Attitudes toward group-based inequality: Social dominance or social identity?
Article first published online: 16 DEC 2010
2003 The British Psychological Society
British Journal of Social Psychology
Volume 42, Issue 2, pages 161–186, June 2003
How to Cite
Schmitt, M. T., Branscombe, N. R. and Kappen, D. M. (2003), Attitudes toward group-based inequality: Social dominance or social identity?. British Journal of Social Psychology, 42: 161–186. doi: 10.1348/014466603322127166
- Issue published online: 16 DEC 2010
- Article first published online: 16 DEC 2010
- Received 20 November 2000; revised version received 22 January 2002
- Cited By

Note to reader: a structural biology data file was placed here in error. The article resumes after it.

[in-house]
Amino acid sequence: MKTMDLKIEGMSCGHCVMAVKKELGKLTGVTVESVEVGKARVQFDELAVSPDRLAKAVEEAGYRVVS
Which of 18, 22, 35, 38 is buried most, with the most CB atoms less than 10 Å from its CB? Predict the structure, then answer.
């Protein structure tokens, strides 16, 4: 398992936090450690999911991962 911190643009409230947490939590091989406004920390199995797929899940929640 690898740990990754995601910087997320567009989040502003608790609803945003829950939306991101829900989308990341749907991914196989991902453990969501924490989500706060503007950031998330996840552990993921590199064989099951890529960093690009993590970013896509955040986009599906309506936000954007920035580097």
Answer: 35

In five studies we explored how the context in which people think about the social structure and the implications of the social structure for one's in-group affect attitudes toward inequality. In Studies 1 and 2 we found that social dominance orientation (SDO) scores reflect attitudes toward specific types of inequality that are salient in context. Consistent with social identity theory, in Studies 3 to 5 we found that SDO scores reflected the interests of specific group identities. Indeed, when we compared existing privileged and disadvantaged groups, and when we manipulated in-group status, we found that participants held more positive attitudes toward inequality when the in-group was privileged, compared to when the in-group was disadvantaged. Across all of our studies, results were consistent with the contention that attitudes toward inequality are group-specific and depend on the social-structural position of salient in-groups. We discuss the implications of our findings for social dominance theory.